Sermon: 'Talitha Cum!'

A sermon on Mark 5.21-43, delivered at Manningham Uniting Church, 1/7/18. 

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God who mothers the world, may your wisdom be borne in my words. And may my folly be called out by your Spirit in those that hear it. Amen.

‘Talitha cum!’

‘Little girl, get up!’

Our reading today from Mark 5 is a story about radical transformation and healing. A young girl is raised from the dead; an adult woman is healed of chronic pain and bleeding. This is a story, ultimately, of hope. This is a story of the struggle of women being raised up.

My intention today is to try and understand how this story in Mark 5 teaches us, through the experience of the struggle of women, how to follow the way of Jesus. The point is that women who suffer and struggle for justice teach us about faith -- and we are wise to listen and learn.

This is a story, ultimately, of hope.

But because this hope is drawn out of the experiences and struggle of women I need to offer a disclaimer:

I am not a woman. As such I cannot speak for women. What I have sought to do in preparing this sermon is draw on the insights of women scholars, particularly from non-Western contexts. I owe a debt of gratitude to the wisdom of Nawal El Saadawi, Musa Dube, Hisako Kinukawa, and Silvia Regina De Lima, without the words and work of these women I could not speak.

In a recent BBC interview the Egyptian feminist Nawal El Saadawi emphasised that, “feminism is not a Western invention. Feminism was not invented by American women. … No, feminism is embedded in the culture, and in the struggle of all women all over the world.”

El Saadawi alerts us to the fact that stories of women struggling for justice are not new. They are, if only we look, all around us. They are there, in front of our noses, offering us wisdom, if only we would listen. I simply stumbled across El Saadawi’s interview in the lead up to preparing this sermon. Although she makes no reference to the Bible in her interview, her insight alerted me to something that very much is in our reading for today: a woman, suffering chronic pain, struggling to survive.

El Saadawi suggests that these stories of the struggle of women place on us a responsibility: “We have to liberate women economically, socially, psychologically, physically, religiously ... ”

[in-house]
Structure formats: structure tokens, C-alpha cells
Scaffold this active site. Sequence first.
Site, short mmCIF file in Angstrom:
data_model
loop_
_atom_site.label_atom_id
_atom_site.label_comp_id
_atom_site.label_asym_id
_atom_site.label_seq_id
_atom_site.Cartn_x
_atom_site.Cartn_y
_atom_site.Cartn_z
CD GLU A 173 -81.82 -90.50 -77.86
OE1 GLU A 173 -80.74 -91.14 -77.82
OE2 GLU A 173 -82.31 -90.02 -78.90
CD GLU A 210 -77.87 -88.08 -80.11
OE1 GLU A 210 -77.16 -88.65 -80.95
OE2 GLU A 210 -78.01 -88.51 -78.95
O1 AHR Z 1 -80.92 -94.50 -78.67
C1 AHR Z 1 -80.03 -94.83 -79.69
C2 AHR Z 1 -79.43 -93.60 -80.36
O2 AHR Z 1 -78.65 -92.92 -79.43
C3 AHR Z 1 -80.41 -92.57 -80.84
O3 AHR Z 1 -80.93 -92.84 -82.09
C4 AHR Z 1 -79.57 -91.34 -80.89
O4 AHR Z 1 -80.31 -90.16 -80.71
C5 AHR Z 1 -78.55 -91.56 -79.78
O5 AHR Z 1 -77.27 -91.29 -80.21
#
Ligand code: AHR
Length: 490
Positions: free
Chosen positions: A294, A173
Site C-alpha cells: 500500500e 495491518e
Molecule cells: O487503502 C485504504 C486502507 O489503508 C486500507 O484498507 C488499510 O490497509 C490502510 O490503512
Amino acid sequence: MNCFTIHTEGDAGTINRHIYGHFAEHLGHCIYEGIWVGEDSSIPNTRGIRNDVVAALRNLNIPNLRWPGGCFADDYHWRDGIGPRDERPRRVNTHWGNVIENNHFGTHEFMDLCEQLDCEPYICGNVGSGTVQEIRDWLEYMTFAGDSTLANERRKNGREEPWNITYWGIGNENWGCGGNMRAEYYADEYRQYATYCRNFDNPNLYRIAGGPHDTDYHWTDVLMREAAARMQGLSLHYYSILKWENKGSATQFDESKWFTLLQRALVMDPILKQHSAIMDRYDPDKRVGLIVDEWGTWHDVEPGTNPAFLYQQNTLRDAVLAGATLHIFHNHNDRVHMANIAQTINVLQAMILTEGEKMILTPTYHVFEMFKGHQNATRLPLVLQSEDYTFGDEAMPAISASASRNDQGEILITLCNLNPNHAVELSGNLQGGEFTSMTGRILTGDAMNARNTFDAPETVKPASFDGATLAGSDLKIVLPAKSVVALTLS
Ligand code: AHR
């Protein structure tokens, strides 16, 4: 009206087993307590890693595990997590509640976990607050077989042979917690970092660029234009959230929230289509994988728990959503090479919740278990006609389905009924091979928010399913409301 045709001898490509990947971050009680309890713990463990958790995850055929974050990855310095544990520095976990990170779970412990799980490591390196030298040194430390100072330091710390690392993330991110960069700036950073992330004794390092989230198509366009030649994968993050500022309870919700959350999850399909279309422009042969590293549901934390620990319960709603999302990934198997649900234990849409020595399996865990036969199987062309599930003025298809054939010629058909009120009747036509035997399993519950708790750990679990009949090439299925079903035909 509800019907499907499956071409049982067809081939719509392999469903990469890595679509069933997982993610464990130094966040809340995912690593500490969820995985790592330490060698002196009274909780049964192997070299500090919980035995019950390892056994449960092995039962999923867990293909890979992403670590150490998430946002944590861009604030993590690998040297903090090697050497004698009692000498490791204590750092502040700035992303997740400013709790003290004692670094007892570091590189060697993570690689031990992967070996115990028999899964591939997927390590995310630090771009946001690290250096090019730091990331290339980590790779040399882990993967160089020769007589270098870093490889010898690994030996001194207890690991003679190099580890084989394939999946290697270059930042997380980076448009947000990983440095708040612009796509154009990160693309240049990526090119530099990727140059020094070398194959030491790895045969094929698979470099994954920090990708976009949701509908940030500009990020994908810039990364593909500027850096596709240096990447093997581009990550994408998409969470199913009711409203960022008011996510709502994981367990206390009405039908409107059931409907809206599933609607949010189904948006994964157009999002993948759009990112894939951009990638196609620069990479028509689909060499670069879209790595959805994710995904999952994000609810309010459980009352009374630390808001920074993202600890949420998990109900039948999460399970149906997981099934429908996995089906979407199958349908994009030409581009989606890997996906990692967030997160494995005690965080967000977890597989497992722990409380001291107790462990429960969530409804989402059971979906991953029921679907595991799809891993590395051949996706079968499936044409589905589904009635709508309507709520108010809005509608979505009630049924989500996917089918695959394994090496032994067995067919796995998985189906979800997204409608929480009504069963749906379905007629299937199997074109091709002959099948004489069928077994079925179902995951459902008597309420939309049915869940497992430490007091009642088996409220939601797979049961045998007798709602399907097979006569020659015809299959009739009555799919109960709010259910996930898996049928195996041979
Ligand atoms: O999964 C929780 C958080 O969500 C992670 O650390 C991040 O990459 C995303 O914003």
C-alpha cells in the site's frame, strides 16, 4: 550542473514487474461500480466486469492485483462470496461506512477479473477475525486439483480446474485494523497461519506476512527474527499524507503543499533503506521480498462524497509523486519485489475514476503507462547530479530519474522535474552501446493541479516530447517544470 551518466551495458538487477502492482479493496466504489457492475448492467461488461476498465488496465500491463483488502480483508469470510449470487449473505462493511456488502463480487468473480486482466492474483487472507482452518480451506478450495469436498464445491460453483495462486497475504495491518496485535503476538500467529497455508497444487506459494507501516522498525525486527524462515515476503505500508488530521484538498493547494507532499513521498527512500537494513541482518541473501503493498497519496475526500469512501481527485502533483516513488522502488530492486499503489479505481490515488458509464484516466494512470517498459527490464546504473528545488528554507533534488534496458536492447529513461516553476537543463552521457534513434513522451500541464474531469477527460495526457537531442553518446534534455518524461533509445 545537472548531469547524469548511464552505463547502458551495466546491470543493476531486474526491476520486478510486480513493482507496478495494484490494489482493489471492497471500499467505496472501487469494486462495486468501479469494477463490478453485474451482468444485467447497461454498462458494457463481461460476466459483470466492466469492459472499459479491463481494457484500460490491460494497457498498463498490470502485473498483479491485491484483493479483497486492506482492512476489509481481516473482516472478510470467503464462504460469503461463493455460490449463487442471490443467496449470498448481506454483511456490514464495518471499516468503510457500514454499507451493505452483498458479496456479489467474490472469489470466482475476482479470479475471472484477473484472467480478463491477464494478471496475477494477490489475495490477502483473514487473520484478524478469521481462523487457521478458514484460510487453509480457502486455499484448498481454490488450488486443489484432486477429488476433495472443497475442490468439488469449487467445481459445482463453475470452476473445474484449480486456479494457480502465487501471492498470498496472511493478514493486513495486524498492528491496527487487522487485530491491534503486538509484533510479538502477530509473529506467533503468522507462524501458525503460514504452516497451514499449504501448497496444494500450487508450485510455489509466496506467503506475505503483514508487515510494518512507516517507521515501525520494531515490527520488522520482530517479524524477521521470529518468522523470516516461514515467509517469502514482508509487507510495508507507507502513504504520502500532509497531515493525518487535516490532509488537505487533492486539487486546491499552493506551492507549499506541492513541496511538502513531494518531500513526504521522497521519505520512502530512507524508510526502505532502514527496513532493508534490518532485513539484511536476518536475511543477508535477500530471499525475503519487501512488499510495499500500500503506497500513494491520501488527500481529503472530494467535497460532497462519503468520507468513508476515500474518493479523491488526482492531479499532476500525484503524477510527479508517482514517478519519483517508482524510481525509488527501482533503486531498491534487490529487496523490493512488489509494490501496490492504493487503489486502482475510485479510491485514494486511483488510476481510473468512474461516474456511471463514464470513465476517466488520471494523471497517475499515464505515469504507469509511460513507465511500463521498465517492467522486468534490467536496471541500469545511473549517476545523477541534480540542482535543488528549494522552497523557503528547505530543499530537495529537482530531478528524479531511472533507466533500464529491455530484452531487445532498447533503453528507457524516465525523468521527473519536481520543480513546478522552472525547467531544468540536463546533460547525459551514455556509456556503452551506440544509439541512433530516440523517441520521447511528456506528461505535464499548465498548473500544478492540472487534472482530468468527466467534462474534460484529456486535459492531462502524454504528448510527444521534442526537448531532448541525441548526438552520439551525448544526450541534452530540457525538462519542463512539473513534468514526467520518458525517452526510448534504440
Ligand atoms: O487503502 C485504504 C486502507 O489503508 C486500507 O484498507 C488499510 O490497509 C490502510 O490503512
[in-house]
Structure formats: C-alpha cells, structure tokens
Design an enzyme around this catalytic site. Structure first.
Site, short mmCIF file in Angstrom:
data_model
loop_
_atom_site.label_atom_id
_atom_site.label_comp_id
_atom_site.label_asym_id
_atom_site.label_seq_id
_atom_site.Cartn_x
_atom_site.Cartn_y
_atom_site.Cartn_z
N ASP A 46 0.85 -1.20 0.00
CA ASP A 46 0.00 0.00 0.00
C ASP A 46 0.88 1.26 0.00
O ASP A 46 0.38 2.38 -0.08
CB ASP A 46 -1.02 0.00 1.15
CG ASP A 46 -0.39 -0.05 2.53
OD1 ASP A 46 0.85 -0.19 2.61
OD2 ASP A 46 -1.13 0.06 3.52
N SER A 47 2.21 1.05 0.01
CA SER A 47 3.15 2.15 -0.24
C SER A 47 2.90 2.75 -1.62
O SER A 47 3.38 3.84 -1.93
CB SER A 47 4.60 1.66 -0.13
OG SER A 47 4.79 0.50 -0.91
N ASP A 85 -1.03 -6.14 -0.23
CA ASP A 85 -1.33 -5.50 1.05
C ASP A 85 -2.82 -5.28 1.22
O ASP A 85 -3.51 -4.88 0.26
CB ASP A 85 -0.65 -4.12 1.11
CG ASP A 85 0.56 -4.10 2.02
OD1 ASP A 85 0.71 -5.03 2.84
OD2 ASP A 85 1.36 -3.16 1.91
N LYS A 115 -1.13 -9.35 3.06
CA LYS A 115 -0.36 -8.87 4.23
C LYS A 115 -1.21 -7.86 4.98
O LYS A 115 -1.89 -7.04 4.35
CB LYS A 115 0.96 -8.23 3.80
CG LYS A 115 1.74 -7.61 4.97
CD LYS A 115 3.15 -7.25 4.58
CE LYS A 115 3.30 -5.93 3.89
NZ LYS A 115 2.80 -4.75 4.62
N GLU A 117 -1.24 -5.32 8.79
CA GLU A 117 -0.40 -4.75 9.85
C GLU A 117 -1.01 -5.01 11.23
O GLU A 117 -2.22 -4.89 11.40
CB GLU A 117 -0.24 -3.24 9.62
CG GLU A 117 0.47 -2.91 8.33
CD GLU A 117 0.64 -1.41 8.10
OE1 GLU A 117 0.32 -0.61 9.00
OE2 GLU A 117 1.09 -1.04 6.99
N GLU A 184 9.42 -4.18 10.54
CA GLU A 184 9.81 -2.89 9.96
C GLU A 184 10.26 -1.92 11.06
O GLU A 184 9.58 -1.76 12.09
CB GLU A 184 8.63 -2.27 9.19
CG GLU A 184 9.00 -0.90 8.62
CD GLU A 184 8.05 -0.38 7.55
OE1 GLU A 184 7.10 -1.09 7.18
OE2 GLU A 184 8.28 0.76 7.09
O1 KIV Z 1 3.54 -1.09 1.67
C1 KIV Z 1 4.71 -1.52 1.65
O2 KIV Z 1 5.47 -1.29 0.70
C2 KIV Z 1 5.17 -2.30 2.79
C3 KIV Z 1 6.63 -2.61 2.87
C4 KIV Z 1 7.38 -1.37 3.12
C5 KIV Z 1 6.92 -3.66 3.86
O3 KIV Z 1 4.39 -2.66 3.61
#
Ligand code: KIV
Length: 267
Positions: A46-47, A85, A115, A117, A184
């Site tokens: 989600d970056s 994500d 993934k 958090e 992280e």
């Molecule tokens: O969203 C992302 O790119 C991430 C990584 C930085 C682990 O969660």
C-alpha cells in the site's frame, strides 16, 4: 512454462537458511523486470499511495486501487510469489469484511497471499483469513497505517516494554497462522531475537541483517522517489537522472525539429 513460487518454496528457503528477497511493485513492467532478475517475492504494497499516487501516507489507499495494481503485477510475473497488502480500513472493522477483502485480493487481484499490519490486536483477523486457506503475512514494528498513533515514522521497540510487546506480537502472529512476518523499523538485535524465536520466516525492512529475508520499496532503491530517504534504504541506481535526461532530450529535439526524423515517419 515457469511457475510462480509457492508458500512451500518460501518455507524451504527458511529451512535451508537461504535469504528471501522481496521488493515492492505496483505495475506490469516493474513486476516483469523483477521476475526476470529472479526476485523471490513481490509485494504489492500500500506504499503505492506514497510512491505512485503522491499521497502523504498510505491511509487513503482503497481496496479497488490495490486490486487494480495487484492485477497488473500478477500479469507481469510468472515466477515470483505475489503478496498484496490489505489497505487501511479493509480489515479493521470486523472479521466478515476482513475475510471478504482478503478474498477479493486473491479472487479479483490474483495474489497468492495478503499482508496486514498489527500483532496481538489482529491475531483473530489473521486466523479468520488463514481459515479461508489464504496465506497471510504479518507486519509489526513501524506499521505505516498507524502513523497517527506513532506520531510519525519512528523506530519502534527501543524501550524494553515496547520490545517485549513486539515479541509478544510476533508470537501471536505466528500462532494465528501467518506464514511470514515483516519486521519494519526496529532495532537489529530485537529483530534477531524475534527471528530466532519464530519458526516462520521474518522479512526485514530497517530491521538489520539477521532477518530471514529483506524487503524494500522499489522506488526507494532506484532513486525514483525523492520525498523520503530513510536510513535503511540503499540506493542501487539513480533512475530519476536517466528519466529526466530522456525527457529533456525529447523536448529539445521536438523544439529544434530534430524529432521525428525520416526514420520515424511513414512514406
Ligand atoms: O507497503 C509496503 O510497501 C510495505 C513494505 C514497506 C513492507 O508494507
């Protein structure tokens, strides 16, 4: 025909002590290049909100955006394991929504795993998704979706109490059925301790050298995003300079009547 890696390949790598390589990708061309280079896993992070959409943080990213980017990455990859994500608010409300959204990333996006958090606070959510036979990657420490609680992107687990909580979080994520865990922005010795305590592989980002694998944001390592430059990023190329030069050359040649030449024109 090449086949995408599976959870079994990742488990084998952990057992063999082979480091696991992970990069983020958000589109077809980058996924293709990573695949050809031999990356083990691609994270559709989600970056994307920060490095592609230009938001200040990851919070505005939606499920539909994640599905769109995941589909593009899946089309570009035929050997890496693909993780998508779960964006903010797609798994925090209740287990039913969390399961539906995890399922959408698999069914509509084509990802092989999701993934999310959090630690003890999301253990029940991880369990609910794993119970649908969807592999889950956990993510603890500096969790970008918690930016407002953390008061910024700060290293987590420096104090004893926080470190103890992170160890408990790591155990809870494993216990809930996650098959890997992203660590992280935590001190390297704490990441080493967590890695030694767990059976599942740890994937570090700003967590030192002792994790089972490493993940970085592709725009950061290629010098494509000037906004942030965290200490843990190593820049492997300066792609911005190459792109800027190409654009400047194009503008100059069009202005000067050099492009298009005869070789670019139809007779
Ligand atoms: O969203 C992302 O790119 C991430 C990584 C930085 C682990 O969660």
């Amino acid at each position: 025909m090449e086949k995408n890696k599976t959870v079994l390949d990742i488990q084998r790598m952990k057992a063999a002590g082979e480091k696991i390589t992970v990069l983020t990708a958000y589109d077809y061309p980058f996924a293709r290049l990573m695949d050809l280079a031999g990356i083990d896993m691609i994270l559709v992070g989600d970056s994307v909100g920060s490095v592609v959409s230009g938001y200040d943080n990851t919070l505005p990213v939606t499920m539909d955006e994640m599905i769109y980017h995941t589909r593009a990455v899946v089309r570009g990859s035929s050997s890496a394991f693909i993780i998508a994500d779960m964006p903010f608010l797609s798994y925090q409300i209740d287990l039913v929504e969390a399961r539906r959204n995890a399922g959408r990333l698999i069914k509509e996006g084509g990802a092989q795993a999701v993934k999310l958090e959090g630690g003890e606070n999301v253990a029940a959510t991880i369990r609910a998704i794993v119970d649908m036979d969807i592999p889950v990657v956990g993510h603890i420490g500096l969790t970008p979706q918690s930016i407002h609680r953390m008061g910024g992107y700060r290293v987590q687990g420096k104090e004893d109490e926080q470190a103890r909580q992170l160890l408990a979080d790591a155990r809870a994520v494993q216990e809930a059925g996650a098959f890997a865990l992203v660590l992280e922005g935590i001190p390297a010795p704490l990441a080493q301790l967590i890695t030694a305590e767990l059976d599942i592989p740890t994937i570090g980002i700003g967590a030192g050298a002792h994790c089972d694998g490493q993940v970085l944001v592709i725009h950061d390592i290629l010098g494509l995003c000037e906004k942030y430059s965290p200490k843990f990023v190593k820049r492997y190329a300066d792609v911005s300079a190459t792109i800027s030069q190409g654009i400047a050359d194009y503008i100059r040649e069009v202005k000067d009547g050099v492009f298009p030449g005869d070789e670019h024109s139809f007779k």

Put simply: we have to empower and listen to women.

Musa Dube’s reading of Mark’s Gospel helps to flesh out the concrete realities of suffering, by referring to the suffering faced in her home country of Botswana. (Where Dube is a Professor of New Testament studies.) There, she tells, “every student knows somebody … who is dying or has died of AIDS.” Trying to read stories of healing, like our reading from Mark 5, challenges us to begin from an honest understanding of what suffering looks like. And to grapple with the situations into which the liberating message of Jesus must speak.

Dube highlights that many people in Africa suffer as the woman with bleeding suffered. Not simply with chronic pain, but like the bleeding woman, many are forced to spend all of their money just to afford treatment -- just to survive.

Closer to home, we might pay attention to similar examples of concrete suffering. Many asylum seekers spend all of their money to journey from persecution to safety, struggling to survive: only to end up in Australia’s off-shore detention centres. Off-shore detention centres were 12 men have not survived. Or we might think of Eurydice Dixon, the young woman murdered in Princes Park on her way home from work. A tragically common occurrence of a woman killed by gendered violence.

What should strike us as we read this 2000 year old story of a woman suffering from chronic bleeding, having spent all of her money on physicians to help her survive -- what should strike us is how very close this story is to us. How very real it remains for people who continue to suffer. How very real this story remains in the complex relationships between poverty, persecution, and illness.

The story in today’s reading is retold over, and over, and over again in the lives of people who suffer in poverty and sickness. And especially in the struggle of women in those situations; both here and around the world.

Hisako Kinukawa compounds this harsh reality, urging us to remain attentive to the social and political location of the figures involved in the story. The woman with the flow of blood is both marginalised socially because she is a woman, and deemed religiously unclean because of her chronic bleeding. This contrasts quite strongly with Jairus, a leader in the local Synagogue and community.